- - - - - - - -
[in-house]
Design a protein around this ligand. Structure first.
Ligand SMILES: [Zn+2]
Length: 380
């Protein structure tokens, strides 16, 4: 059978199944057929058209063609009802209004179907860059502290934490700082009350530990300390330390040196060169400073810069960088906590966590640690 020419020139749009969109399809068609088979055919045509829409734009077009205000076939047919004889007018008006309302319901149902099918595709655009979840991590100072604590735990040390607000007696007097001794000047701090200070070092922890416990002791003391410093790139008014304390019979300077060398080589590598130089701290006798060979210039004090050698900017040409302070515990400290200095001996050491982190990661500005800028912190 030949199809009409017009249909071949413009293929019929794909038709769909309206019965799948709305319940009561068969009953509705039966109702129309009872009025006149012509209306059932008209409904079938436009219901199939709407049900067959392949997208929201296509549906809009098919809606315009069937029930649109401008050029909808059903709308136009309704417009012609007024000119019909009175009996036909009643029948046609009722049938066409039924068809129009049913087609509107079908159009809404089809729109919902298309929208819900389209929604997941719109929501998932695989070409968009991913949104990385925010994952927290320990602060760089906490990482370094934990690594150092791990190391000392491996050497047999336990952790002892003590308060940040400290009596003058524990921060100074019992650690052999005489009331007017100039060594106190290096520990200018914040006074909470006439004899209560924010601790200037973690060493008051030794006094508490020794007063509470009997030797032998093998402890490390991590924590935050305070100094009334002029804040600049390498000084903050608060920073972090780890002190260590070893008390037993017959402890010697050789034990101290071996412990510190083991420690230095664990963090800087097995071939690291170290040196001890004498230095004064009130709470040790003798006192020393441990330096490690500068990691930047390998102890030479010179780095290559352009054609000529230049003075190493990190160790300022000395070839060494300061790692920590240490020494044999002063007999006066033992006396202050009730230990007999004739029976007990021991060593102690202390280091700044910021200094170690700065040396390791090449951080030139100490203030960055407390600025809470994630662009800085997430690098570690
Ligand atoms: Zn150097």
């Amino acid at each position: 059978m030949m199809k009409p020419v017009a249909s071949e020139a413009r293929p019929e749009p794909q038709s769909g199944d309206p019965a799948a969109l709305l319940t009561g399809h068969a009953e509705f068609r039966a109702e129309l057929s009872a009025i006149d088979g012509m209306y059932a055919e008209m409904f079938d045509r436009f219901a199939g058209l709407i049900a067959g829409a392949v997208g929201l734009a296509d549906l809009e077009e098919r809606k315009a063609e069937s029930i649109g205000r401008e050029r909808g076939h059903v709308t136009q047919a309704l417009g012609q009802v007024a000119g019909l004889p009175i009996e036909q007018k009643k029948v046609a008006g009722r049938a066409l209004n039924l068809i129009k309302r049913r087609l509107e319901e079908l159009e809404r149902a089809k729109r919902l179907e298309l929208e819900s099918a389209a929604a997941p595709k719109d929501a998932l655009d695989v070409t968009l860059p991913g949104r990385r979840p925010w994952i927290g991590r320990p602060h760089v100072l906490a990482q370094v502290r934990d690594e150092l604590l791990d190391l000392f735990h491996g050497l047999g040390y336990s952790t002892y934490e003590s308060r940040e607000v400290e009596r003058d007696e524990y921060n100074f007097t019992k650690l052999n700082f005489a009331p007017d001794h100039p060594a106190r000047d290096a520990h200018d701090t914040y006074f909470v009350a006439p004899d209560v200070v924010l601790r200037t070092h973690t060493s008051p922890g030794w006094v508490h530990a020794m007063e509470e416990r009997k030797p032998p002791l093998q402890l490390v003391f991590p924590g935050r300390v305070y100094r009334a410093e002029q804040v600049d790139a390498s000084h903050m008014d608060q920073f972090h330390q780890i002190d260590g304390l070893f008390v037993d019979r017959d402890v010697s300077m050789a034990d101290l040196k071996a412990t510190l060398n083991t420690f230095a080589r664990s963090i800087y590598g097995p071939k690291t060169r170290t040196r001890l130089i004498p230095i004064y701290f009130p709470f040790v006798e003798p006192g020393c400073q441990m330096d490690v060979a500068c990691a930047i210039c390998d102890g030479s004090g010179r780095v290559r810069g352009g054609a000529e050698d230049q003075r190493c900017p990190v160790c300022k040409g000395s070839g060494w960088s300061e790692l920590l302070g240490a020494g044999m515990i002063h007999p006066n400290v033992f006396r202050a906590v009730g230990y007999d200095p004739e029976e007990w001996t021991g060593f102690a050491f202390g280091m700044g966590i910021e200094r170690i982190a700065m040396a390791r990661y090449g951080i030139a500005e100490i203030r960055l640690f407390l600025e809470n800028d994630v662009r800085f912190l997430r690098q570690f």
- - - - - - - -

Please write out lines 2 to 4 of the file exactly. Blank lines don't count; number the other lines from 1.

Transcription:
Design a protein around this ligand. Structure first.
Ligand SMILES: [Zn+2]
Length: 380